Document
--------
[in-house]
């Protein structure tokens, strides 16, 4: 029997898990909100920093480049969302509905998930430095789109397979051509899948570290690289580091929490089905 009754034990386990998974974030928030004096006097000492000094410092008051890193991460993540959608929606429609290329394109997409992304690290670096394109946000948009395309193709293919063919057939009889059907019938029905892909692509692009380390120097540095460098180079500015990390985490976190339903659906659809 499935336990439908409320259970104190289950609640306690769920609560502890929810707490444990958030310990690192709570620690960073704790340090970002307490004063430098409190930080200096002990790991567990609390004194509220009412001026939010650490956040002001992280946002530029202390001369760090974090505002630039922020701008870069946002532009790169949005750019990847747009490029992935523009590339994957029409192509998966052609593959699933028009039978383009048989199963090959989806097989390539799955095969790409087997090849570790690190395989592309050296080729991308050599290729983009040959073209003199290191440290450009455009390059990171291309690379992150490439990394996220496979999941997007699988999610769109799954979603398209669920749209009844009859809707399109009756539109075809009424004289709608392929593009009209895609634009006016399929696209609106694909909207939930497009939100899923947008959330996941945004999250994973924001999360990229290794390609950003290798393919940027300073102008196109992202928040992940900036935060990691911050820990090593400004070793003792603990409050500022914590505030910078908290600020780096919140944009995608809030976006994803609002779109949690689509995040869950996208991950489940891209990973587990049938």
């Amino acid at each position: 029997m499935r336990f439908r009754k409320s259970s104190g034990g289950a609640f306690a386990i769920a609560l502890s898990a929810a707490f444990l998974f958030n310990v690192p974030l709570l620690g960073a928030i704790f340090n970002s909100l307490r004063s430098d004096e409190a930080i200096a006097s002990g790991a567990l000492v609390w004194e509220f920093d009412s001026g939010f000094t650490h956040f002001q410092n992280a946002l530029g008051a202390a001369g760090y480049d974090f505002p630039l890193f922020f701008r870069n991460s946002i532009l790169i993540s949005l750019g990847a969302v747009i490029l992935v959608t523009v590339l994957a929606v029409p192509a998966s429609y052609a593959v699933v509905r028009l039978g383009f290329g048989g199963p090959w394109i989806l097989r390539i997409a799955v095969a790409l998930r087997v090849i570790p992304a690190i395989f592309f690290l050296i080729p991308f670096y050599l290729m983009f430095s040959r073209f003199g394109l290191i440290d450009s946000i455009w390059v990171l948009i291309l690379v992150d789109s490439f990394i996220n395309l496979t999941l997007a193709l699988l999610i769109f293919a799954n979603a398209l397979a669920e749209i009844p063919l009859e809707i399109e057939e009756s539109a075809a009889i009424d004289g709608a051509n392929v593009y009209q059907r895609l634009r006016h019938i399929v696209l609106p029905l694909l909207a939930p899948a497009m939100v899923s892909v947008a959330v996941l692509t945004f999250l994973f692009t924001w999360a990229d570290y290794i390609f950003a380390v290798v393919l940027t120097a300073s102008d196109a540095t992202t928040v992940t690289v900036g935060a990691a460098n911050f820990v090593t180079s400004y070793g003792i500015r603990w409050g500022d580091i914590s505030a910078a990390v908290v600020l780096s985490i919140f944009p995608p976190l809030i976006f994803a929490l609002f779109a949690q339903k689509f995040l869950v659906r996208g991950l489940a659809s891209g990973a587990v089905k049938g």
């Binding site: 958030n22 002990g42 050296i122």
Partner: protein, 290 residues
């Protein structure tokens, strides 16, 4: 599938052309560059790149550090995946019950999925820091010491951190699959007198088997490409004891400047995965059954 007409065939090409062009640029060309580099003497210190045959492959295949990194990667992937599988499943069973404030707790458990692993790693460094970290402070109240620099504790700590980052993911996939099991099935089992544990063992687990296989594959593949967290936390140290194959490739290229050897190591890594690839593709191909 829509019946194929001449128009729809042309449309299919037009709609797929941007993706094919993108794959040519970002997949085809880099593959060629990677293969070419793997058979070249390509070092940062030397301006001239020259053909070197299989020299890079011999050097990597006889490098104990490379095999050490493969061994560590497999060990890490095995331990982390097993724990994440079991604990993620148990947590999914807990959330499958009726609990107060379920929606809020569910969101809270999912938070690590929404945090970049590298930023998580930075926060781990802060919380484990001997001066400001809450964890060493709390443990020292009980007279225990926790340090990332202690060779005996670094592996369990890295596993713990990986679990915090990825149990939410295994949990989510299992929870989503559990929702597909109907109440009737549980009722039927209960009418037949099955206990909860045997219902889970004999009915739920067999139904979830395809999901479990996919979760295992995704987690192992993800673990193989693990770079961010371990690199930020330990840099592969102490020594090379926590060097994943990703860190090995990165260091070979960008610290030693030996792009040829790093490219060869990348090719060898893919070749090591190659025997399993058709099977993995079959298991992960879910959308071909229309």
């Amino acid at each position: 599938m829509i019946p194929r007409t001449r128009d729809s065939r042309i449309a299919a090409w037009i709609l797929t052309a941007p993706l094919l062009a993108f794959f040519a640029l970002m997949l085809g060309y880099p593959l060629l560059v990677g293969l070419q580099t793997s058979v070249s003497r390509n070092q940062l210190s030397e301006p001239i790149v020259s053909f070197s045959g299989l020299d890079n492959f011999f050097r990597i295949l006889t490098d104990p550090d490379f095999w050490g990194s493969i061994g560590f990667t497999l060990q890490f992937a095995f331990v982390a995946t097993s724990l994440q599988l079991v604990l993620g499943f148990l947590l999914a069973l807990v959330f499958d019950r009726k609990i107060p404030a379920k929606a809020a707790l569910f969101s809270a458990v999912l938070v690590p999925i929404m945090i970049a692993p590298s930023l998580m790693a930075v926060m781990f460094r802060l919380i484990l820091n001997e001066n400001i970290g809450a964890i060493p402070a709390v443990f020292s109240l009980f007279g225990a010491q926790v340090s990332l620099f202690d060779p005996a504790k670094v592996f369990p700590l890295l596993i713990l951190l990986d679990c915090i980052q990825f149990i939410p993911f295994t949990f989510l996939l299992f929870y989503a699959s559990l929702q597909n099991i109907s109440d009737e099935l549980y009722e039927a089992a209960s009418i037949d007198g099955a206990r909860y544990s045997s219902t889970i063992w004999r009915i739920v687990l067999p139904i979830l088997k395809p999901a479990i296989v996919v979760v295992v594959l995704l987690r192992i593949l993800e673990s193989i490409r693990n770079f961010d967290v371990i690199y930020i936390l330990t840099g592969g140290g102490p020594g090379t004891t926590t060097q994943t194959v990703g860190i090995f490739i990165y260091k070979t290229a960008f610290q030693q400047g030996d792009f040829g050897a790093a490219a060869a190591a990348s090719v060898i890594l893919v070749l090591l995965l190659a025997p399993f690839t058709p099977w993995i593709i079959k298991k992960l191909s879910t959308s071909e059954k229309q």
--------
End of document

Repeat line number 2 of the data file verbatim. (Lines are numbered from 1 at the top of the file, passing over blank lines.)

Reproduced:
């Protein structure tokens, strides 16, 4: 029997898990909100920093480049969302509905998930430095789109397979051509899948570290690289580091929490089905 009754034990386990998974974030928030004096006097000492000094410092008051890193991460993540959608929606429609290329394109997409992304690290670096394109946000948009395309193709293919063919057939009889059907019938029905892909692509692009380390120097540095460098180079500015990390985490976190339903659906659809 499935336990439908409320259970104190289950609640306690769920609560502890929810707490444990958030310990690192709570620690960073704790340090970002307490004063430098409190930080200096002990790991567990609390004194509220009412001026939010650490956040002001992280946002530029202390001369760090974090505002630039922020701008870069946002532009790169949005750019990847747009490029992935523009590339994957029409192509998966052609593959699933028009039978383009048989199963090959989806097989390539799955095969790409087997090849570790690190395989592309050296080729991308050599290729983009040959073209003199290191440290450009455009390059990171291309690379992150490439990394996220496979999941997007699988999610769109799954979603398209669920749209009844009859809707399109009756539109075809009424004289709608392929593009009209895609634009006016399929696209609106694909909207939930497009939100899923947008959330996941945004999250994973924001999360990229290794390609950003290798393919940027300073102008196109992202928040992940900036935060990691911050820990090593400004070793003792603990409050500022914590505030910078908290600020780096919140944009995608809030976006994803609002779109949690689509995040869950996208991950489940891209990973587990049938």